The astute observer might have noticed a clue last week about the direction of hedge funds in the coming months, with the announcement that Hong Kong-based asset manager Sun Hung Kai Financial is teaming up with New York's Paulson & Co. to offer its clients the opportunity to invest in distressed global financial companies. Sun Hung Kai's USD100m offshore fund will act as a feeder to Paulson's Recovery Fund, which was launched on October 1 last year to take stakes in financial institutions.
Investing in distressed assets has been a hot topic among hedge fund managers and investors for many months, and it is now clear that some of the early investors in this strategy jumped the gun, in some cases expensively.
But the industry was galvanised by John Paulson's comments at the Gaim conference in June, when he told delegates: 'Long-term, distressed presents an opportunity that is as much as USD10trn. That is a reflection of how much the credit markets were overvalued on the upside.'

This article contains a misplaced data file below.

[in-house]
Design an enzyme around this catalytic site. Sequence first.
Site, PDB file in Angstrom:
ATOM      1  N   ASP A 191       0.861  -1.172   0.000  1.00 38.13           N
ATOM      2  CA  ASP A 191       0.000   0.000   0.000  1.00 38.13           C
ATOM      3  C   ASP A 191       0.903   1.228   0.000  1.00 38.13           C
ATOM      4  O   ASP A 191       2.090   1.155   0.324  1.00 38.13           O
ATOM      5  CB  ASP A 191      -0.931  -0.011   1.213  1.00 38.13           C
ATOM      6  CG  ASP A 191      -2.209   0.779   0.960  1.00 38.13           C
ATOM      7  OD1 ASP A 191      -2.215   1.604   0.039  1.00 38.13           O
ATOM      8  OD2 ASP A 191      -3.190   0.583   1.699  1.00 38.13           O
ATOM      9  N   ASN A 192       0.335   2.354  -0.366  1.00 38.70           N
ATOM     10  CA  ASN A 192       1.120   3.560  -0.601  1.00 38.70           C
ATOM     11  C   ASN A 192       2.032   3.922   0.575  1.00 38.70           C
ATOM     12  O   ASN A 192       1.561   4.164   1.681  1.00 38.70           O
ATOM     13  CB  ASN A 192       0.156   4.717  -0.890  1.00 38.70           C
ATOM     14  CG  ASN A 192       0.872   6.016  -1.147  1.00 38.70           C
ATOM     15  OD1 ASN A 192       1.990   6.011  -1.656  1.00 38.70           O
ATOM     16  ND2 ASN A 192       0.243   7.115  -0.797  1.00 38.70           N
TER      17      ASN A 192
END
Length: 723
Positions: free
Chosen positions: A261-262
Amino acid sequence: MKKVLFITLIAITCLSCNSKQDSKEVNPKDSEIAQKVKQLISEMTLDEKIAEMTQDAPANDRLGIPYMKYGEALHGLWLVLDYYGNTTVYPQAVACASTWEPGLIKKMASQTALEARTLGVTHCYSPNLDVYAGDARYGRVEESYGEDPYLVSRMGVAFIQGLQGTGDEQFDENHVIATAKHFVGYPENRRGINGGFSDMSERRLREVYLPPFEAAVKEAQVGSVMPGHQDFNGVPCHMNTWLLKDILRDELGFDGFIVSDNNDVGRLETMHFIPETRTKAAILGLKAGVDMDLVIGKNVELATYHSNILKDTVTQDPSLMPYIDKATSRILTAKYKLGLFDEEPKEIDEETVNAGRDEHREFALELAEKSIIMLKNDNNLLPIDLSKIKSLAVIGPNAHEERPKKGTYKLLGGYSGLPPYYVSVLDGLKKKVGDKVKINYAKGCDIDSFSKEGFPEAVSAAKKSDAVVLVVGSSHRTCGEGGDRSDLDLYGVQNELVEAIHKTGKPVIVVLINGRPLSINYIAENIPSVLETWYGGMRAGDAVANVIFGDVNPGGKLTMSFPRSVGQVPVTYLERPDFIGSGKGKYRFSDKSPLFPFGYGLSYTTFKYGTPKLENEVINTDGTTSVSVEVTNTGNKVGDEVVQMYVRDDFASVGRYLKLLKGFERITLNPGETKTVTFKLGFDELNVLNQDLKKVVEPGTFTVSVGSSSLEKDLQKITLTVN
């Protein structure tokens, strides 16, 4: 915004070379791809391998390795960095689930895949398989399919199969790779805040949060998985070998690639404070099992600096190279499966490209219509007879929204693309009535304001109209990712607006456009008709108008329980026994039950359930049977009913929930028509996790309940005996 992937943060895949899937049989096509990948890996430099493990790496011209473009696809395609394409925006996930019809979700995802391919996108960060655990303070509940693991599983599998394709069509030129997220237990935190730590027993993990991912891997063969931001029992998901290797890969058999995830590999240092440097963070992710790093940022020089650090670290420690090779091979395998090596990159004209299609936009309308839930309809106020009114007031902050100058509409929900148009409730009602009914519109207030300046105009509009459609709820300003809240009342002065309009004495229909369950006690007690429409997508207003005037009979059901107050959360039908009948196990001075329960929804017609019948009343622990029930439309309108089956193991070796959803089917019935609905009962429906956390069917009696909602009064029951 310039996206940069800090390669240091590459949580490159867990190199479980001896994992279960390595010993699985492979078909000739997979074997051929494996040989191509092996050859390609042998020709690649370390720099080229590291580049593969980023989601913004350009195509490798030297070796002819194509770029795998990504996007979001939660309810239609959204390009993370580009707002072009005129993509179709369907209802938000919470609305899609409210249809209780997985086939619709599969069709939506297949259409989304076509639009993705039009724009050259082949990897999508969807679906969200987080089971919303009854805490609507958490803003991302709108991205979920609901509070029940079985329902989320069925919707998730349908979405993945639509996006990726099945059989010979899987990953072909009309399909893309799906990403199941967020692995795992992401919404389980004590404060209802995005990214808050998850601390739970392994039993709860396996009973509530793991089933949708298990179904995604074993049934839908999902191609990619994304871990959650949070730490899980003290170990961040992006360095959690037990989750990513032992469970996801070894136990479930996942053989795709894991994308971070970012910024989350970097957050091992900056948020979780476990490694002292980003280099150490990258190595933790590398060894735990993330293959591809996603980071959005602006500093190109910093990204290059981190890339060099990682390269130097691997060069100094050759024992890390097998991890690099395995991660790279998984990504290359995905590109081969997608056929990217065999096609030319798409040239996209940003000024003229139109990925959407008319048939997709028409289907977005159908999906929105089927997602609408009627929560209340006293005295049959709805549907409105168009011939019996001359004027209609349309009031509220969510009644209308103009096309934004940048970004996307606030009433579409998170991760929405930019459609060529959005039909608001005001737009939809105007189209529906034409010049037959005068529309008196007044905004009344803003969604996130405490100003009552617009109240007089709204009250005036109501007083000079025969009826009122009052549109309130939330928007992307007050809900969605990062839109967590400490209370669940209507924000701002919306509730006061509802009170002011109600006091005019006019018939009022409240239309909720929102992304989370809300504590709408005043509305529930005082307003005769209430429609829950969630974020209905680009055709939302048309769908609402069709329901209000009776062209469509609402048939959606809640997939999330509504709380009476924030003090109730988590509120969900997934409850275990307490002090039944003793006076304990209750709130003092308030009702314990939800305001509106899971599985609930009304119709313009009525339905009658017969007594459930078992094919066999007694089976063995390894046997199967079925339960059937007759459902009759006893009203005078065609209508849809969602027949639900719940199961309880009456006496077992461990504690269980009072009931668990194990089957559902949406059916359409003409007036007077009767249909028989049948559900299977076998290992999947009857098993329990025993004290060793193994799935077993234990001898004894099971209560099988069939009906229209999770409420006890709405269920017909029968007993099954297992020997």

Paulson's views are not to be discounted lightly. This is a man who generated profits of more than USD3bn in 2007 by betting that the US housing bubble would burst, and whose funds are reckoned to have gained between 10 and 20 per cent last year while the average hedge fund was losing 18 per cent, according to Hedge Fund Research. If Paulson believes the time has come to plunge into the distressed asset market, it's worth betting that rival managers will be swift to follow.